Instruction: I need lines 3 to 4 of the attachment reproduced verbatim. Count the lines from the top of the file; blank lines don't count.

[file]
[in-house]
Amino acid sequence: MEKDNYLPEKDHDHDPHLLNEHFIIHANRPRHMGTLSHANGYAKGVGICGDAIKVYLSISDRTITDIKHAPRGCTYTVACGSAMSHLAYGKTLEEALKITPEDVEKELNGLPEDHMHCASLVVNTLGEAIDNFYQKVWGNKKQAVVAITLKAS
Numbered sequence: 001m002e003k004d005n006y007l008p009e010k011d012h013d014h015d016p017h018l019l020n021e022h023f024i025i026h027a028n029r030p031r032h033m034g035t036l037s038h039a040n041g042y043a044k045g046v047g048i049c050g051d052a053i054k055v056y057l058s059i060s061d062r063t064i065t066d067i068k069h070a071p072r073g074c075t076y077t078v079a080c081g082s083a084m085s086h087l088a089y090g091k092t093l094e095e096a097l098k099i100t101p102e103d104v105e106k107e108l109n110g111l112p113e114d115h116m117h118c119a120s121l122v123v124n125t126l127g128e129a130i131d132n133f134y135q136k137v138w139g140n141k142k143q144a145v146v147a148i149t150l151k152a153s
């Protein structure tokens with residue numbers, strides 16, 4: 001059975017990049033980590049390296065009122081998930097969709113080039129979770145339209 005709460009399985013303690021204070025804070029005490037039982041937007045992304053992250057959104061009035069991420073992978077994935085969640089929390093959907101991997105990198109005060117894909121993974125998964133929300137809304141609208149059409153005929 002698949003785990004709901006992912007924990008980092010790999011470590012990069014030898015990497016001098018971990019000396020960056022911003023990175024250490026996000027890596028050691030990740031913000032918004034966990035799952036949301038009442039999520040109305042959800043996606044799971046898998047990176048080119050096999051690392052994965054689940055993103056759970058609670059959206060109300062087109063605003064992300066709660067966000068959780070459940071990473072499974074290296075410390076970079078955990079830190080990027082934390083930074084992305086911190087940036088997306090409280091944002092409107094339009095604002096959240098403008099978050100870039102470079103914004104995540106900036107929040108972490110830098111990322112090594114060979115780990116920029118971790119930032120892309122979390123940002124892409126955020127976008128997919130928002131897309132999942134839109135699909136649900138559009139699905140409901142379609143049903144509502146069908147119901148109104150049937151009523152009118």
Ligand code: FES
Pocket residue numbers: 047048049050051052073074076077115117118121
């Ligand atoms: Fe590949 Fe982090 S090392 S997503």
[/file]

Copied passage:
Numbered sequence: 001m002e003k004d005n006y007l008p009e010k011d012h013d014h015d016p017h018l019l020n021e022h023f024i025i026h027a028n029r030p031r032h033m034g035t036l037s038h039a040n041g042y043a044k045g046v047g048i049c050g051d052a053i054k055v056y057l058s059i060s061d062r063t064i065t066d067i068k069h070a071p072r073g074c075t076y077t078v079a080c081g082s083a084m085s086h087l088a089y090g091k092t093l094e095e096a097l098k099i100t101p102e103d104v105e106k107e108l109n110g111l112p113e114d115h116m117h118c119a120s121l122v123v124n125t126l127g128e129a130i131d132n133f134y135q136k137v138w139g140n141k142k143q144a145v146v147a148i149t150l151k152a153s
């Protein structure tokens with residue numbers, strides 16, 4: 001059975017990049033980590049390296065009122081998930097969709113080039129979770145339209 005709460009399985013303690021204070025804070029005490037039982041937007045992304053992250057959104061009035069991420073992978077994935085969640089929390093959907101991997105990198109005060117894909121993974125998964133929300137809304141609208149059409153005929 002698949003785990004709901006992912007924990008980092010790999011470590012990069014030898015990497016001098018971990019000396020960056022911003023990175024250490026996000027890596028050691030990740031913000032918004034966990035799952036949301038009442039999520040109305042959800043996606044799971046898998047990176048080119050096999051690392052994965054689940055993103056759970058609670059959206060109300062087109063605003064992300066709660067966000068959780070459940071990473072499974074290296075410390076970079078955990079830190080990027082934390083930074084992305086911190087940036088997306090409280091944002092409107094339009095604002096959240098403008099978050100870039102470079103914004104995540106900036107929040108972490110830098111990322112090594114060979115780990116920029118971790119930032120892309122979390123940002124892409126955020127976008128997919130928002131897309132999942134839109135699909136649900138559009139699905140409901142379609143049903144509502146069908147119901148109104150049937151009523152009118």